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Some cautions about the ‘Real Lives Bill’

July 27, 2012 1 comment

We strongly support giving intellectually disabled individuals and their families and guardians as much choice as possible in the care and services they receive.

We’re not convinced, though, that proposed legislation dubbed “The Real Lives Bill,” does that.  The bill (H. 4167) is scheduled to reach the House floor for debate this week.

The language of the bill is intended to promote “self-direction” by persons with disabilities, which is a laudable goal.  In a Globe column yesterday,  Joan Vennochi maintained that The Real Lives bill is about:

…recognizing the rights of people with disabilities to make choices about how and where to live — and not limiting them to choices made by someone else.

Vennochi made the following point in arguing that there is a need for the bill.  She stated:

The current system leaves decisions about how money will be used and for what purpose with providers. If a specific program doesn’t work out for a particular individual, it’s difficult to get out of it.  Providers are not eager to lose the revenue stream represented by an unhappy user.

We respect Ms. Vennochi as an excellent columnist.  But we are concerned that while this bill might appear to give clients of the Department of Developmental Services the power of choice in providers, it is vaguely drafted and might well have the opposite effect of giving the providers more control over people’s services and over state funding than they currently possess. 

At the very least, the bill doesn’t appear to provide for sufficient oversight of its proposed components, including something called “service brokers” and an ill-defined “contingency fund” that would be partly managed by the providers themselves.

Also, we would disagree that the current system leaves it up to the providers about how money will be used and for what purposes.

On that latter point, we would note that decisions about uses and purposes of funding for services are supposed to be specified in an individual’s Individual Support Plan (ISP), which is developed with the input of the individual and his or her guardian, family members, and clinicians.  ISPs are required to be rigorously overseen by the DDS.  In that sense, therefore, we’re not sure why this bill is needed.

Secondly, before getting to the service brokers and the contingency fund, we would note that while the bill talks about “self direction” for DDS clients, it doesn’t define that term very clearly.  For instance, one of the definitions given in the bill of self-direction is:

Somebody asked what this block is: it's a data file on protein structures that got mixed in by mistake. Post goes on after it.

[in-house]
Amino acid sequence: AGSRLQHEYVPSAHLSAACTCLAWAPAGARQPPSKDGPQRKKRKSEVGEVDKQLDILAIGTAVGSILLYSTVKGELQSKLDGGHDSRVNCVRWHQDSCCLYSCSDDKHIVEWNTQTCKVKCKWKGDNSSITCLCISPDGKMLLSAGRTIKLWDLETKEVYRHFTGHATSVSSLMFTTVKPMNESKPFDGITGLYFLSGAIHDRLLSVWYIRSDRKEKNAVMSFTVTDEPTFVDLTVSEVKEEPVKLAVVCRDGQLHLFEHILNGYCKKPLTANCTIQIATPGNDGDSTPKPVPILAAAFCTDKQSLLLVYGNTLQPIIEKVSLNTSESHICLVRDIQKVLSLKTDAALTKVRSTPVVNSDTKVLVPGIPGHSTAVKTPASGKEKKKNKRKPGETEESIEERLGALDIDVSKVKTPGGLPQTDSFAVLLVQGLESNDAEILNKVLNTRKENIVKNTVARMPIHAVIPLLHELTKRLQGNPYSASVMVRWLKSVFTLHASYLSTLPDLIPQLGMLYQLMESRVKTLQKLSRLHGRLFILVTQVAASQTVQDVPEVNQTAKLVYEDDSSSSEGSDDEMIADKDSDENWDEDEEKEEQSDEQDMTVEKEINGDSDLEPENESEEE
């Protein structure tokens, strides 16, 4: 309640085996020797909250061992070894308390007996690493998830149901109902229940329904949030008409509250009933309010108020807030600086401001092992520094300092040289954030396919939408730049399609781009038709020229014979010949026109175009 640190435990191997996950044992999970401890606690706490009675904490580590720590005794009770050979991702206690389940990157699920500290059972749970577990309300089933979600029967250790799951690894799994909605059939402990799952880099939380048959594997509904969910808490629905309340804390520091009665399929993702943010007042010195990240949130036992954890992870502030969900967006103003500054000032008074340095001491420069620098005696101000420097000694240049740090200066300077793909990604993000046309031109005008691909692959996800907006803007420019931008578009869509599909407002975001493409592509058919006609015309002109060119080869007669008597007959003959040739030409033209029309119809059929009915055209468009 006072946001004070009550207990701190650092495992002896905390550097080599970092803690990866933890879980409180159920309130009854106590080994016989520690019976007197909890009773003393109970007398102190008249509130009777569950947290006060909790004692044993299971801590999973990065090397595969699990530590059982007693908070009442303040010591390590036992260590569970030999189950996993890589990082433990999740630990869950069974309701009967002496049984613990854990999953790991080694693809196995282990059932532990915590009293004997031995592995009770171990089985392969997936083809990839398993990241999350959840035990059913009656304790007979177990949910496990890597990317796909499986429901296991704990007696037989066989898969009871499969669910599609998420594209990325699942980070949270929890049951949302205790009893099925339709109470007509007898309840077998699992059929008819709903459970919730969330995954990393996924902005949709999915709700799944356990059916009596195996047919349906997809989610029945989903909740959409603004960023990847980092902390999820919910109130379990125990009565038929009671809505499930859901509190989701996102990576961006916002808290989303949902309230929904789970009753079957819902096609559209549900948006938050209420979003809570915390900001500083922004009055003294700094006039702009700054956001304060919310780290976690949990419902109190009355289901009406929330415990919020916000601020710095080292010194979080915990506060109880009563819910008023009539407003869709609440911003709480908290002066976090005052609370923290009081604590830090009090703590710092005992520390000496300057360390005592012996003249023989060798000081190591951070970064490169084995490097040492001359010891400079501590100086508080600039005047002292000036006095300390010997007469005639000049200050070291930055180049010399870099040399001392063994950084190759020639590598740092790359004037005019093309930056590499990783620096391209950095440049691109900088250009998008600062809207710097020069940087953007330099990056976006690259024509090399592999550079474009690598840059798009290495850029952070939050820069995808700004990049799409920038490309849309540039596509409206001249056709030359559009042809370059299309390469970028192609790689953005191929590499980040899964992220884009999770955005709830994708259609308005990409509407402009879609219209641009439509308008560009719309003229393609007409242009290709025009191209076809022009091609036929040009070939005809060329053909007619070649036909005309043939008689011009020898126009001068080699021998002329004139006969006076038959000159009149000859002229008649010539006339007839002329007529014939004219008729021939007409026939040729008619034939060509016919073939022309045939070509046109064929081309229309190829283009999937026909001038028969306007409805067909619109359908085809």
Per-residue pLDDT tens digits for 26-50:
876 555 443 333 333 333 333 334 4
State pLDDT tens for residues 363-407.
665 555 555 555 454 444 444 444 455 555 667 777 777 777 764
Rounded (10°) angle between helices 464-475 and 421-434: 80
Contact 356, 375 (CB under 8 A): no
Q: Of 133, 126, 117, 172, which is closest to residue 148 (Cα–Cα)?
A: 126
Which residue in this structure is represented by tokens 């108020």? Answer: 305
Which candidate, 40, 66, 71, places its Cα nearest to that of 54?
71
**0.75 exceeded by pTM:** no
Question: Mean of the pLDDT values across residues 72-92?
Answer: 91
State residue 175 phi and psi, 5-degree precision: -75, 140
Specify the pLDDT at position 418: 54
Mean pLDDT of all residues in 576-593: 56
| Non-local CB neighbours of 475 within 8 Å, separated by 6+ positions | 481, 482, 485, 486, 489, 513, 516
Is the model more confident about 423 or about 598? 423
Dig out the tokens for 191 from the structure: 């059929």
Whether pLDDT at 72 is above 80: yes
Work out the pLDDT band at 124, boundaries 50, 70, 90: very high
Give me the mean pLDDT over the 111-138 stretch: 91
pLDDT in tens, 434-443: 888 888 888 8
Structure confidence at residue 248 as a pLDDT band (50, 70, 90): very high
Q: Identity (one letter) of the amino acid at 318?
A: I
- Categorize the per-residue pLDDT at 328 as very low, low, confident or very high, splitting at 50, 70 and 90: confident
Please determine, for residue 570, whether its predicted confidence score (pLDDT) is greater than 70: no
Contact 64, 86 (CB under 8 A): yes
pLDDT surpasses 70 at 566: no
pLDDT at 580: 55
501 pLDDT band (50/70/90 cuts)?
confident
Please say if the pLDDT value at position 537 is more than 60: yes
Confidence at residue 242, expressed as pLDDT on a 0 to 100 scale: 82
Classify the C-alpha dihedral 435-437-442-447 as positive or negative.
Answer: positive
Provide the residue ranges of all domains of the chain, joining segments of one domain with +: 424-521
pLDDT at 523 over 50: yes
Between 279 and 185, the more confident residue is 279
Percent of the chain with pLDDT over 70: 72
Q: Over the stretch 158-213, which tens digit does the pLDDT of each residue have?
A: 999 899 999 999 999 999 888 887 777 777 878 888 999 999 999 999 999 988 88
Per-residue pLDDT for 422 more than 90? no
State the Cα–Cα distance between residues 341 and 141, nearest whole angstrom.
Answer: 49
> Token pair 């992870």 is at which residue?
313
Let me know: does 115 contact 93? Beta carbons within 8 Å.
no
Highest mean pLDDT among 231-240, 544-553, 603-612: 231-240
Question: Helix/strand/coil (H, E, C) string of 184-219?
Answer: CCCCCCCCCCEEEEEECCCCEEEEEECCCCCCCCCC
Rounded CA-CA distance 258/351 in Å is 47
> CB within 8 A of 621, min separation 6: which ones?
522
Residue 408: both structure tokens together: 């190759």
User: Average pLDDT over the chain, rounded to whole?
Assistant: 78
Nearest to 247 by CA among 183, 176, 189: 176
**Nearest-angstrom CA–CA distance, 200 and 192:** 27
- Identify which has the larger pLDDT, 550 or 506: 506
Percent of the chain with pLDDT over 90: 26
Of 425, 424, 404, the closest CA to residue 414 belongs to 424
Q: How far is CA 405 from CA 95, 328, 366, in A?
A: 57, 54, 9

…the individual is central to and directs the decision making process that will determine which supports are utilized

All well and good, but once again, that is already the function of the ISP process, which is much more carefully spelled out in DDS regulations.

It is also a little puzzling that this bill speaks almost exclusively in terms of the individual DDS client as “directing” services, with almost no mention of family members or guardians.  The bill goes as far as to say that individuals with “profound intellectual impairments” are “eligible for self-direction.”

We would note that the courts have in most cases determined that persons with profound intellectual impairments require guardians.  It is hard to conceive of people with profound levels of intellectual disability as planning and directing their own services.

As noted, we have some concerns about the language in the bill directing the  hiring of “service brokers” who would “assist in the development of a plan of service” and “in the purchase of services” for participating individuals.  The bill doesn’t specify who these service brokers would be or how much they would be paid.  The bill does state that the individual client can choose a service broker; but, once again, the bill doesn’t appear to give that choice to guardians or family members.

Would these service brokers, by the way, be hired in addition to service coordinators, who are already employed by DDS to help plan, manage, and coordinate services to clients in the DDS community system?  That would seem to be a  needless duplication of services  and attendant costs.

In addition, the bill states that DDS will establish a “contingency fund” to “assist individuals in need of services,” among other purposes.  It doesn’t specify how much would be in this fund, but states only that it must contain “sufficient funds for individuals utilizing self-determination and provider mitigation throughout the fiscal year.”

This particular language about the contingency fund strikes us as overly vague, and we are not clear what is meant by “provider mitigation.”  It’s not defined in the bill.